“If they could be in a community home, do you not think these parents would have kept them in their home?” she said. “We didn’t do it by choice.”
By 2015, however, all 240 developmentally disabled patients at Gracewood, along with about 91 more at two other institutions, will be moved out, state officials said.
At a meeting of the East Central Georgia Family Council at Gracewood, officials sought to allay family fears by pledging that in the community placements “the care will be equal if not better than in a hospital,” said Commissioner Frank Berry, of the Georgia Department of Behavioral Health & Developmental Disabilities. “We can’t sacrifice quality.”
Berry said he saw the same high-tech equipment in a new group home in the Thomasville area as in the state hospital.
“I’ve seen it work,” he said. “I’ve seen the homes.”
After meeting with the Gracewood families in February, Berry said, he put a 45-day freeze on new placements and will “double-check” on the 80 placed last year to ensure those were the right placements.
Where they will go will be the choice of the patient and family, Berry said.
“The goal is ultimately to offer options, to show people a variety of different kinds of homes,” he said.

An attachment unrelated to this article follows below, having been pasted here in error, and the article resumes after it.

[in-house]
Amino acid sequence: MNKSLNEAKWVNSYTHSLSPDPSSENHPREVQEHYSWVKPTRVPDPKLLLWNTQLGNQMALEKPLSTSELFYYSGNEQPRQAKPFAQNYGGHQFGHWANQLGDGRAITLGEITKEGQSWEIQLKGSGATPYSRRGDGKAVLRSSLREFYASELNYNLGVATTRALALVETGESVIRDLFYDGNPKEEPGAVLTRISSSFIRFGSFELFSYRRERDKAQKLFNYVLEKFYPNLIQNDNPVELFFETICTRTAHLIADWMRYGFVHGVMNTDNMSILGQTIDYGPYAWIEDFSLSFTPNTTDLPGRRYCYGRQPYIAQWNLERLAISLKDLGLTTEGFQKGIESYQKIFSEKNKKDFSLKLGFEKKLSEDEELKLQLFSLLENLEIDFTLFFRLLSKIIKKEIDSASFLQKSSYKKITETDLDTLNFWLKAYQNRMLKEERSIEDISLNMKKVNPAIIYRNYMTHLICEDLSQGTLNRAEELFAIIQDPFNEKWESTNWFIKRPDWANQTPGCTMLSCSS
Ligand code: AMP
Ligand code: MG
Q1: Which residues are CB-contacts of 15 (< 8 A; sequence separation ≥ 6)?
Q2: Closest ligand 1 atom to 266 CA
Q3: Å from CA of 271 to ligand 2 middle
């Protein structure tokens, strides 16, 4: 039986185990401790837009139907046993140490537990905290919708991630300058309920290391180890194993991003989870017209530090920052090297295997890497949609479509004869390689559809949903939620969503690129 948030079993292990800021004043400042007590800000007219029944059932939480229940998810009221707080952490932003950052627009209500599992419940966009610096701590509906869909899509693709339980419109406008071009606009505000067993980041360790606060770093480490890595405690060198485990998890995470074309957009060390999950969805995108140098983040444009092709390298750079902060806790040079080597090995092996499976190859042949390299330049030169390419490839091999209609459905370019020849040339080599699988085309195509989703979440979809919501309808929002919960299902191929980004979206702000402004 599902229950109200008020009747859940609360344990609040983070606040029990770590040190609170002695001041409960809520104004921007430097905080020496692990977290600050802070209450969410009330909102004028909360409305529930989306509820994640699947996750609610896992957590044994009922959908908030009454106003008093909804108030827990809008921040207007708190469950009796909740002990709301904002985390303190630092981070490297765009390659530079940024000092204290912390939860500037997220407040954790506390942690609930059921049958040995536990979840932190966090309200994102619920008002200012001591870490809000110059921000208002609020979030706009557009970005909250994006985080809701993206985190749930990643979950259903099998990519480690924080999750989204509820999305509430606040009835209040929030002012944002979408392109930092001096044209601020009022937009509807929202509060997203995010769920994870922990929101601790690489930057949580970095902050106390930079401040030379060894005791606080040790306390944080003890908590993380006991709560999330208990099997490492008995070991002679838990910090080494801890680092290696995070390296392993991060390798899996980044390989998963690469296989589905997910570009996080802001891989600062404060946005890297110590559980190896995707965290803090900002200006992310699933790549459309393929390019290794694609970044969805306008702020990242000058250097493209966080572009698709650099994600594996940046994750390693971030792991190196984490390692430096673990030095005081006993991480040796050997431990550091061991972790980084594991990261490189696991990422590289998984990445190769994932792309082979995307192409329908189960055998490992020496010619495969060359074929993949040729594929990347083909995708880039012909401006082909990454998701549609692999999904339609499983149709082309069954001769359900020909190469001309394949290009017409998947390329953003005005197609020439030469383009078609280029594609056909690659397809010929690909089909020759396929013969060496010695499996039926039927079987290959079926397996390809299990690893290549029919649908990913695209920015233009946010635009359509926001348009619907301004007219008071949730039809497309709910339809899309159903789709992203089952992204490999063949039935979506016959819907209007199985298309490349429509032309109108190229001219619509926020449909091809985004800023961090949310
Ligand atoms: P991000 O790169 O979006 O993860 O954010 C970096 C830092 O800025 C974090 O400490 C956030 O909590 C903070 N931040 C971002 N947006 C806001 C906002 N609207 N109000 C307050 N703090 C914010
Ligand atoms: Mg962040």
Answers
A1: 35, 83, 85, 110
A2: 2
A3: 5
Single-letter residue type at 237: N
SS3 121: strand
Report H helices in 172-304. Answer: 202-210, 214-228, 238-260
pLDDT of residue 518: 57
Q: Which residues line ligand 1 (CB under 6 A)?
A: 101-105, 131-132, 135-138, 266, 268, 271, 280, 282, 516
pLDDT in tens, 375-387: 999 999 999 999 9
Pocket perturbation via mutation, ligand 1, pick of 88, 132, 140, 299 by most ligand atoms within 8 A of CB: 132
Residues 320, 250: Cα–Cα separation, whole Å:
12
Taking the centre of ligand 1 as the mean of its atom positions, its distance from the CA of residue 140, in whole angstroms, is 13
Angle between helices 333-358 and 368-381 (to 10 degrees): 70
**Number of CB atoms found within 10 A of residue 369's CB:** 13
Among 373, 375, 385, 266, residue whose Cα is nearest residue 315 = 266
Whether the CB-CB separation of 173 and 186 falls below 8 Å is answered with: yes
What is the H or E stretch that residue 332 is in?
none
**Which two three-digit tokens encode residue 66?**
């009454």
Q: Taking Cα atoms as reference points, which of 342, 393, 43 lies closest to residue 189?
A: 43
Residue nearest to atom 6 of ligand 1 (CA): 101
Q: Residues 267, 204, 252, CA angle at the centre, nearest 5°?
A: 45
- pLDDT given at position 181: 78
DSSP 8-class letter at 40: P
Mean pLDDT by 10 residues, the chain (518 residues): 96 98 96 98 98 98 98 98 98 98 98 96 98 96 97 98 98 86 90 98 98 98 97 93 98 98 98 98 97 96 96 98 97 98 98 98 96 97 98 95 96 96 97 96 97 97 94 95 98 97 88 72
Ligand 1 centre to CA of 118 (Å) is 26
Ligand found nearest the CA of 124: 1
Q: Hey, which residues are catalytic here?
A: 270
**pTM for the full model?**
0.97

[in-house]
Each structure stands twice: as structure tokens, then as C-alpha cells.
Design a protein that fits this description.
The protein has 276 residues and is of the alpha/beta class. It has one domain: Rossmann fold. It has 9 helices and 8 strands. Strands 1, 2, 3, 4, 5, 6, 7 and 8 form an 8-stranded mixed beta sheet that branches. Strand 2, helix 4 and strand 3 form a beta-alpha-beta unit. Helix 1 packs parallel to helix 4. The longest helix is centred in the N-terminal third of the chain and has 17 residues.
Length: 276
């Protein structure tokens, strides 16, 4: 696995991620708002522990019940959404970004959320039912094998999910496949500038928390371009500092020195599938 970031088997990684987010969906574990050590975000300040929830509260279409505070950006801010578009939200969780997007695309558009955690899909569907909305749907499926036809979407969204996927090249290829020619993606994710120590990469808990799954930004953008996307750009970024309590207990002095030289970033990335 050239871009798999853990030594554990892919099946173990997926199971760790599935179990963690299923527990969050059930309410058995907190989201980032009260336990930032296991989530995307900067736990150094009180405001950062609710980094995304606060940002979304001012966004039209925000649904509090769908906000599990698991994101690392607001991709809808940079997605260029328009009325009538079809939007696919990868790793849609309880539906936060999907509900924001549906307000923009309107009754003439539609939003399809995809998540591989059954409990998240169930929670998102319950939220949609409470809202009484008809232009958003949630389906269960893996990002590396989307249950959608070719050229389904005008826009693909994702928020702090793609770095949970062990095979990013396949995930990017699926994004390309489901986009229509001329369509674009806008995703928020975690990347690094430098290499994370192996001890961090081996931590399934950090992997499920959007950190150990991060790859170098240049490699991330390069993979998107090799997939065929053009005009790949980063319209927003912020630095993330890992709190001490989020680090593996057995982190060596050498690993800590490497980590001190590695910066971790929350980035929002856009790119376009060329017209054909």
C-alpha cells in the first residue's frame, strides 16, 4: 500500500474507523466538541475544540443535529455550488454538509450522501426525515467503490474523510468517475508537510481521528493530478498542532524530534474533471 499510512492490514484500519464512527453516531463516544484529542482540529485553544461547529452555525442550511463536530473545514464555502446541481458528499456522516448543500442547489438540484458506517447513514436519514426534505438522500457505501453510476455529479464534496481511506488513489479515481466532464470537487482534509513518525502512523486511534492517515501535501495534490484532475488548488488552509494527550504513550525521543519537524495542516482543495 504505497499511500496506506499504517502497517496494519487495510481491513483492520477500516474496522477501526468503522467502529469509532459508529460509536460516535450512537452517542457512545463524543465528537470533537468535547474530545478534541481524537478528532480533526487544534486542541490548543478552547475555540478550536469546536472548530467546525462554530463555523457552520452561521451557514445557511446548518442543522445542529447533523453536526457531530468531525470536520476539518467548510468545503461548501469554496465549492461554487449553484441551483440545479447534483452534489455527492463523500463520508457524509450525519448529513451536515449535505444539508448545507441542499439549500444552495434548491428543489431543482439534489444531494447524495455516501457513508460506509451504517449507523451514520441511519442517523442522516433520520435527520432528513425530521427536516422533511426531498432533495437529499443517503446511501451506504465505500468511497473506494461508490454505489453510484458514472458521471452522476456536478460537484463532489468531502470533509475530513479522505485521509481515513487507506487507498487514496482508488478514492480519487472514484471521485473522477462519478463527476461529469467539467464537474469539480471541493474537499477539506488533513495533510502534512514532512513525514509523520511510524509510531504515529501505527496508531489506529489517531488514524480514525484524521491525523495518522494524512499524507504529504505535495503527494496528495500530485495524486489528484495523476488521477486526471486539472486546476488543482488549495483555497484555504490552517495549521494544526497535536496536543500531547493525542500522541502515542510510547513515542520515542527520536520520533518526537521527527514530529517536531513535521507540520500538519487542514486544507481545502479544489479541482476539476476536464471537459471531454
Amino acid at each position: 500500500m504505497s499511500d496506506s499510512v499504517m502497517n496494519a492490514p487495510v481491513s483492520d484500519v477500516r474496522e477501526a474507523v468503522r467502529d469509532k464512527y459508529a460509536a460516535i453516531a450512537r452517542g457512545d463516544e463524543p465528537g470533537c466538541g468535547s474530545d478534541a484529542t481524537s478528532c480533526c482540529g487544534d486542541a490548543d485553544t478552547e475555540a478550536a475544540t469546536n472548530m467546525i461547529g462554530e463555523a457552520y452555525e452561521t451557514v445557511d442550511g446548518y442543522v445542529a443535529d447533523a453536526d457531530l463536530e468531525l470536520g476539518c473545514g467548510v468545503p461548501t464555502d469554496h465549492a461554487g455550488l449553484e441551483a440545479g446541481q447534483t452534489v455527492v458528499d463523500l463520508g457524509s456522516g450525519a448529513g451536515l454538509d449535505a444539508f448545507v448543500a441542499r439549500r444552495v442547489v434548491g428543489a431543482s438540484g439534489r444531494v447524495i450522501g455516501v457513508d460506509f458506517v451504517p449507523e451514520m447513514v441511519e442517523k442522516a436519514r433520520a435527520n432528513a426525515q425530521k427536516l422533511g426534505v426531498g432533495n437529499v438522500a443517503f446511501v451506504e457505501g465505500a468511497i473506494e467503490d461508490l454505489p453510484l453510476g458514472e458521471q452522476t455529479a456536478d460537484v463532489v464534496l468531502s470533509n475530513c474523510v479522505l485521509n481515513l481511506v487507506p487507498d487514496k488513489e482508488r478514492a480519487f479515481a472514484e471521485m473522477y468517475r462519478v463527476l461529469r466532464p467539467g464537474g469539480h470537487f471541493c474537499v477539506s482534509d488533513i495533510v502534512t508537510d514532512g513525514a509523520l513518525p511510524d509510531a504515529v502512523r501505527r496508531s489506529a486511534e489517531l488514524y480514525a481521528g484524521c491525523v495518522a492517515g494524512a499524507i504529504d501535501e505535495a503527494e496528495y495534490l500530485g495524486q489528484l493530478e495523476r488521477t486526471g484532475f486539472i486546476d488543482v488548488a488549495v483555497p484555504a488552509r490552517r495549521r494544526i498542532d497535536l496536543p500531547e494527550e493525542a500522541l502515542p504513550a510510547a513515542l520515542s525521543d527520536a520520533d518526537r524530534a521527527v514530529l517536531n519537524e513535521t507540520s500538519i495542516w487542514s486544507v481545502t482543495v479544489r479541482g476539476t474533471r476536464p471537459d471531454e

In a 2010 settlement with the Department of Justice, the state pledged to move all patients out into a community setting in five years, Berry said.
“By 2015, if I fulfill my job, there will be nobody in our state hospitals with developmental disabilities,” he said. “And therefore this would be an empty campus.”
Many of the group homes have yet to be built and will have to meet strict standards, Berry said. All of the providers will have to be licensed by his department and the Georgia Department of Community Health, Berry said.
“These are licensed, certified homes with a significant amount of oversight,” he said.
Many of the staffers in the homes will be people who previously worked in the state hospitals.
“They don’t want to get out of serving the people they have been serving,” Berry said. “The hope is they will go work with the new providers that are building these (group) homes.”
But Gracewood parent Theresa Senior said a group home monitor she talked to said they could go into a home only if there was an incident.
“That’s like having nobody (watching),” she said.
“That’s unacceptable,” Berry said.
In fact, the state might make unannounced inspections in the homes, said Charles Li, the assistant commissioner for developmental disabilities.
Many families simply would not believe their loved one would be as safe and cared for as well.
“They don’t have 24-hour nursing care in group homes,” Senior said.
Berry said that he “miscommunicated” that earlier and meant that the staffers would be there around-the-clock.
Michael Quarterman, whose brother, Matthew, is legally blind, paralyzed from the waist down and nonverbal, said he doesn’t believe there is a safe move out of Gracewood.
“You can’t move somebody out who can’t fend for themselves,” he said. “This right here is unacceptable.”
Left unaddressed for many families is what happens to a campus and buildings recently renovated, and to patients who families fear will more than miss it.
As she looked around, Robinson questioned “why somebody in their right mind would close a facility like this.”